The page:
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News / February 23, 2012

Kelly Jazvac, Sculpture and Installation Artist

Kelly Jazvac is a Canadian artist known for playful, intelligent works made of the discarded adhesive vinyl often used in advertising banners.

Contrasting vinyl’s slick surface with its throwaway connotations, Jazvac once covered a 1998 Pontiac Sunfire in Porsche designs. Her later, more abstract works riff on similar tensions between privileged symbols and pop materials, creating, as critic Vanessa Nicholas put it in a 2010 review for, “textured, minimal objects that seduce the viewer with their glossy shine.”

Jazvac’s sculptures and installations have been exhibited nationally and internationally, including recent projects at Louis B. James Gallery, Museum London, Nuit Blanche and Diaz Contemporary. She is based in London, Ontario, where she is an assistant professor at the University of Western Ontario.

Jazvac’s sensitivity to the potential in overlooked and everyday objects is something she encourages art students to develop as well.

“When I teach sculpture and installation,” she says, “I like to think about it as a practice that addresses the way objects and human bodies coexist in the world. When you consider it this way, the medium becomes endlessly broad, as well as highly relevant to contemporary life.”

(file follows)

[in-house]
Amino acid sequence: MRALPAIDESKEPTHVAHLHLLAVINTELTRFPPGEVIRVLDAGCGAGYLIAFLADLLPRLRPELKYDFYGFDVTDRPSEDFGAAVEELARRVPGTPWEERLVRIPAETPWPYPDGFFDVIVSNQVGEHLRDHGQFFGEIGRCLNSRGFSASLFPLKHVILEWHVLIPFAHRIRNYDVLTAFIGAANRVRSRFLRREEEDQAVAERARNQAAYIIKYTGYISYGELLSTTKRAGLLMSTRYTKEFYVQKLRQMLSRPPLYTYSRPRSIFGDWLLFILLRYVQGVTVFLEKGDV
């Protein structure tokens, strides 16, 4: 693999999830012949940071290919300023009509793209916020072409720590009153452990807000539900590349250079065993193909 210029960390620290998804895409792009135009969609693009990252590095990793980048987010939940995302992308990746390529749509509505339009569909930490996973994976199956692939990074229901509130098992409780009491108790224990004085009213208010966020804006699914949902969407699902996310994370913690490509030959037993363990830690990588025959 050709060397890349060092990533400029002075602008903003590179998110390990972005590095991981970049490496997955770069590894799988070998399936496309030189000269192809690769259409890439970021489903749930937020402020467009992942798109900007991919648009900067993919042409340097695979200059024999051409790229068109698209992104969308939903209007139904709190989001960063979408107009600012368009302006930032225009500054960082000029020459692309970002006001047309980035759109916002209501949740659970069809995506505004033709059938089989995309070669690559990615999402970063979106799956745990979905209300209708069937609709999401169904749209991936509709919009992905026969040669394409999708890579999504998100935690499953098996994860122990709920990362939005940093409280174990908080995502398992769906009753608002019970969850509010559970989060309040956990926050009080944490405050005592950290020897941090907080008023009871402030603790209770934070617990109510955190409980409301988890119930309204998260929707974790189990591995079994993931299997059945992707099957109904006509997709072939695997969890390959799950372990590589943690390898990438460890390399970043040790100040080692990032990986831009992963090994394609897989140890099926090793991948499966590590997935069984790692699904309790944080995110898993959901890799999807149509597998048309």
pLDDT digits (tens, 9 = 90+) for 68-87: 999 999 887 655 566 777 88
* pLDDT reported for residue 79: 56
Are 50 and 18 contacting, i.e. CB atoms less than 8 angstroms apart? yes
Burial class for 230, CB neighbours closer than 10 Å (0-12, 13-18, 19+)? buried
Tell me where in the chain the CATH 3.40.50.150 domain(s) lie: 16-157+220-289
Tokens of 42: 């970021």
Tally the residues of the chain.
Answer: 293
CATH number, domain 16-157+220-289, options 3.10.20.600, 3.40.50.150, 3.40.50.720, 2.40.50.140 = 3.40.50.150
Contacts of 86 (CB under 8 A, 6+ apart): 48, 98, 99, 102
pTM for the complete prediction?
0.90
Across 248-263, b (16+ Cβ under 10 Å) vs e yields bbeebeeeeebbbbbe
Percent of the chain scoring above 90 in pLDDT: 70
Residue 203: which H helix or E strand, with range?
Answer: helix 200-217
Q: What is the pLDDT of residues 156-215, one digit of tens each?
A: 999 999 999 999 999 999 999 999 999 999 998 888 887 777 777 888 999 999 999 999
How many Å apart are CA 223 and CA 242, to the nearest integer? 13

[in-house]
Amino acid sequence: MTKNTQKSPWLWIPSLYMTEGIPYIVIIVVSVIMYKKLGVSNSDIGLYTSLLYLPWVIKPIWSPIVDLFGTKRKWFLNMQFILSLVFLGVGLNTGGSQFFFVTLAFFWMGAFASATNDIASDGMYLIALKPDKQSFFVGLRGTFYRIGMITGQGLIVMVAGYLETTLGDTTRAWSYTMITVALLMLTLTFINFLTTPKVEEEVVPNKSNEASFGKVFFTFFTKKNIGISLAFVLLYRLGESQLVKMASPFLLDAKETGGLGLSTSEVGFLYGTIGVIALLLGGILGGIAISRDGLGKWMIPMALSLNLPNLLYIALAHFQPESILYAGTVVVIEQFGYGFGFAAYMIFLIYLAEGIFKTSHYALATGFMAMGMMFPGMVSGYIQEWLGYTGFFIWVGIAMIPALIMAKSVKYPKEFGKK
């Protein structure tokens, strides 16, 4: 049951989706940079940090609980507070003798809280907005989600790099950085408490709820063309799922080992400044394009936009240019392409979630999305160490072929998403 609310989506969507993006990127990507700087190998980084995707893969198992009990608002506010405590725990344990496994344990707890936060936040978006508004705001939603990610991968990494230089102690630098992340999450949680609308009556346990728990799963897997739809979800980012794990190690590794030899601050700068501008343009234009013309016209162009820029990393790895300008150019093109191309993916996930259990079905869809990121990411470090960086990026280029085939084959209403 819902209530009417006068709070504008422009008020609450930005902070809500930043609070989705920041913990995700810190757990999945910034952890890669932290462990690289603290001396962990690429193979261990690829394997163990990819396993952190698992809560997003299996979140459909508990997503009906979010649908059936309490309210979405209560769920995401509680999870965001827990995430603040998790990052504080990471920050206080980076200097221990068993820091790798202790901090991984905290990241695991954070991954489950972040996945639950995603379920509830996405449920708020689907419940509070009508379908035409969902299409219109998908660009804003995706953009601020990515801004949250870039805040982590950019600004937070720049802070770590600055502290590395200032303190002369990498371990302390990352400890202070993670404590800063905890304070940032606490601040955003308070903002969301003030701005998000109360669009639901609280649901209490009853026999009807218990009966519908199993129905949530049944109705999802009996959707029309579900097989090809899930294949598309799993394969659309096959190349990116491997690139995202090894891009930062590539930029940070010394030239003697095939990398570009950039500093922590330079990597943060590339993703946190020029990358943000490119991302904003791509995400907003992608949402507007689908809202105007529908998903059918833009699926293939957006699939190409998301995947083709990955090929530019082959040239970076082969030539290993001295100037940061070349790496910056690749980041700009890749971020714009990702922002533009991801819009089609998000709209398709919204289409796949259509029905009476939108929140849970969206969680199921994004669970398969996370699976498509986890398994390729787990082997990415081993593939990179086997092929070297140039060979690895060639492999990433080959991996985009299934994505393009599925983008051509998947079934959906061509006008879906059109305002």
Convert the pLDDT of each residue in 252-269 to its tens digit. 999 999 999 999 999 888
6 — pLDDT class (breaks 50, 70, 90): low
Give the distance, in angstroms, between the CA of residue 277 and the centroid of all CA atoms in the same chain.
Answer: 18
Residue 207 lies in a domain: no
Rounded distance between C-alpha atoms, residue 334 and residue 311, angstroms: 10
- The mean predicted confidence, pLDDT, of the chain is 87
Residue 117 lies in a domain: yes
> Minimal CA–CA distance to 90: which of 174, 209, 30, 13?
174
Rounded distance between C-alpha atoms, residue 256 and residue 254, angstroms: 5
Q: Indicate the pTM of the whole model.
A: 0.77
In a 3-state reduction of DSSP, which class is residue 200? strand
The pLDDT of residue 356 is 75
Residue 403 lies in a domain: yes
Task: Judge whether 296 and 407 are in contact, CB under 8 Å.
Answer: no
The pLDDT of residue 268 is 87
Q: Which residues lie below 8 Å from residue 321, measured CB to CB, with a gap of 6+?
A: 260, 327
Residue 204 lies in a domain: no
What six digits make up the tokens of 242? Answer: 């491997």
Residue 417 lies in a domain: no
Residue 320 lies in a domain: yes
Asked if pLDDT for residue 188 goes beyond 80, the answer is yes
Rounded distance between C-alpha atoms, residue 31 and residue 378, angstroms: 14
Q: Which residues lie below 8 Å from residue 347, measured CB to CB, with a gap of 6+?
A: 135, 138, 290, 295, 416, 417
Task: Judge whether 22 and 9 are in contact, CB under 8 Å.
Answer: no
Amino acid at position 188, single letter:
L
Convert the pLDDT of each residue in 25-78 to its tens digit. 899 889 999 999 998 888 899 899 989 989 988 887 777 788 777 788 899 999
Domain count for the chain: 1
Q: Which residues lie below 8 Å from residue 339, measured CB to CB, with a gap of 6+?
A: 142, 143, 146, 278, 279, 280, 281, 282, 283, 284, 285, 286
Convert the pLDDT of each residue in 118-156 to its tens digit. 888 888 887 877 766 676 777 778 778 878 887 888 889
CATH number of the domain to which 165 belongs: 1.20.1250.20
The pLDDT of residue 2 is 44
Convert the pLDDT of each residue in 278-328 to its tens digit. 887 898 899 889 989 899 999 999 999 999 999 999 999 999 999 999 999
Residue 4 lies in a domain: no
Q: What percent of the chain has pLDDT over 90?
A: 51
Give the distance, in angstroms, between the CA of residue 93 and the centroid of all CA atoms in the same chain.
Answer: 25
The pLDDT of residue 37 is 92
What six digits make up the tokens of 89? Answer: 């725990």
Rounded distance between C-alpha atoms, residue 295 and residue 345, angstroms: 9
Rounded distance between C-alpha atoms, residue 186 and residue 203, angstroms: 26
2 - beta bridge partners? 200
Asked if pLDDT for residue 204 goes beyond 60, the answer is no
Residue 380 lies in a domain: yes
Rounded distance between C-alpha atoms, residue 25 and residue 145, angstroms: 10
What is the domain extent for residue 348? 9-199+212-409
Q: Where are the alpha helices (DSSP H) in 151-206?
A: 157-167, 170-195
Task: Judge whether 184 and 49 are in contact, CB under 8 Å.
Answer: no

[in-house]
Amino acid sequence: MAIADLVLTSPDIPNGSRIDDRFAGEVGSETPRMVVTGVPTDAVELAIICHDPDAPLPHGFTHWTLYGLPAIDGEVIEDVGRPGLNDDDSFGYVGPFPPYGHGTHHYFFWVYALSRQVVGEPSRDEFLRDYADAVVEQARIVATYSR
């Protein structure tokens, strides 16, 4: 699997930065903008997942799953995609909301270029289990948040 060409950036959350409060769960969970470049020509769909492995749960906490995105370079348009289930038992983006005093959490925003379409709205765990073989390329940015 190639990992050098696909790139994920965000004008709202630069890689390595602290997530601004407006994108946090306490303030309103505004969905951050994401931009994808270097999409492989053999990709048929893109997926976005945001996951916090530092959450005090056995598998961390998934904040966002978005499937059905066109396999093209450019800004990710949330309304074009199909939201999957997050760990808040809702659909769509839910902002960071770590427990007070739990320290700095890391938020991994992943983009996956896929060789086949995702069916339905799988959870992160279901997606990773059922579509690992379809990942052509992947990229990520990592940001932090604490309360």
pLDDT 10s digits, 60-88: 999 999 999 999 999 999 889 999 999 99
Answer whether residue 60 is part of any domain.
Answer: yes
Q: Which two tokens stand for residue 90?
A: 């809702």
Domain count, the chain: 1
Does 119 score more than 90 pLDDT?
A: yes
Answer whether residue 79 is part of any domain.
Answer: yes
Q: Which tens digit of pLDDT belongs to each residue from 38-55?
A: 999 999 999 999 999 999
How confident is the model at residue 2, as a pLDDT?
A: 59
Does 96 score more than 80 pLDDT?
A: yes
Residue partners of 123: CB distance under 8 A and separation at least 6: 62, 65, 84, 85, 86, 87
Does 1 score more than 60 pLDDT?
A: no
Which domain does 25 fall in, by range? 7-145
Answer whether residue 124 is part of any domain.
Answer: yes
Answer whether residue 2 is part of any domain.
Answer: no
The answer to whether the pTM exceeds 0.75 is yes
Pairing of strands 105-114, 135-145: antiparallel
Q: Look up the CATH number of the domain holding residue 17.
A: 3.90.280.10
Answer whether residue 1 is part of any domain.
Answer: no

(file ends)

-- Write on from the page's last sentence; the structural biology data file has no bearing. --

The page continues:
According to Jazvac, taking this perspective can change the way you see even the most mundane activities.

“After studying sculpture, everyday actions like getting dressed in the morning, arranging furniture in a room, shopping or making anything with your hands become sculptural concerns, potentially loaded with social, political and historical meaning.”

For developing artists, she says, it’s important to pinpoint personal motivation, and to learn by doing.

“My goal is to get students thinking about objects of interest to them in their own lives,” she concludes. “How they are made, with what materials, who makes them, under what conditions and where those objects will end up in the environment. Experimenting by making things is the best way to develop critical analysis. In a sculpture program, thinking and making go hand-in-hand.”
Created with files from Canadian Art‘s Winter 2012 edition and